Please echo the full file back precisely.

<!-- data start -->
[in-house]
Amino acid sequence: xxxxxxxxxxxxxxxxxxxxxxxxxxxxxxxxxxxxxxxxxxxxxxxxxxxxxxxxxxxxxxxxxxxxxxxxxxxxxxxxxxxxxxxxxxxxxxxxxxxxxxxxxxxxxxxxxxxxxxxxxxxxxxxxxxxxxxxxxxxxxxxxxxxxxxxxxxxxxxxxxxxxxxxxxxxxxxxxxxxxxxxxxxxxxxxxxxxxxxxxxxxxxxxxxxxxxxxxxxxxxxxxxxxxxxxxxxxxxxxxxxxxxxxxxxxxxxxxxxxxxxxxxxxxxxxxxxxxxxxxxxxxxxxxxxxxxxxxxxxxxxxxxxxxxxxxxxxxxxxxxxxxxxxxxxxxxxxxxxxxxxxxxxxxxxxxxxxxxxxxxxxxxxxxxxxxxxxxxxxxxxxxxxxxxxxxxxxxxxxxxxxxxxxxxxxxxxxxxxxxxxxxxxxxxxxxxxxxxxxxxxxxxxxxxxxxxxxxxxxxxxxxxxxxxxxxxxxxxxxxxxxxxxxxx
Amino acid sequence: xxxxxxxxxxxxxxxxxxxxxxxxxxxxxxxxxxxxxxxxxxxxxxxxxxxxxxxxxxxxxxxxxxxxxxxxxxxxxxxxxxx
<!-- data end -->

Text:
[in-house]
Amino acid sequence: xxxxxxxxxxxxxxxxxxxxxxxxxxxxxxxxxxxxxxxxxxxxxxxxxxxxxxxxxxxxxxxxxxxxxxxxxxxxxxxxxxxxxxxxxxxxxxxxxxxxxxxxxxxxxxxxxxxxxxxxxxxxxxxxxxxxxxxxxxxxxxxxxxxxxxxxxxxxxxxxxxxxxxxxxxxxxxxxxxxxxxxxxxxxxxxxxxxxxxxxxxxxxxxxxxxxxxxxxxxxxxxxxxxxxxxxxxxxxxxxxxxxxxxxxxxxxxxxxxxxxxxxxxxxxxxxxxxxxxxxxxxxxxxxxxxxxxxxxxxxxxxxxxxxxxxxxxxxxxxxxxxxxxxxxxxxxxxxxxxxxxxxxxxxxxxxxxxxxxxxxxxxxxxxxxxxxxxxxxxxxxxxxxxxxxxxxxxxxxxxxxxxxxxxxxxxxxxxxxxxxxxxxxxxxxxxxxxxxxxxxxxxxxxxxxxxxxxxxxxxxxxxxxxxxxxxxxxxxxxxxxxxxxxxx
Amino acid sequence: xxxxxxxxxxxxxxxxxxxxxxxxxxxxxxxxxxxxxxxxxxxxxxxxxxxxxxxxxxxxxxxxxxxxxxxxxxxxxxxxxxx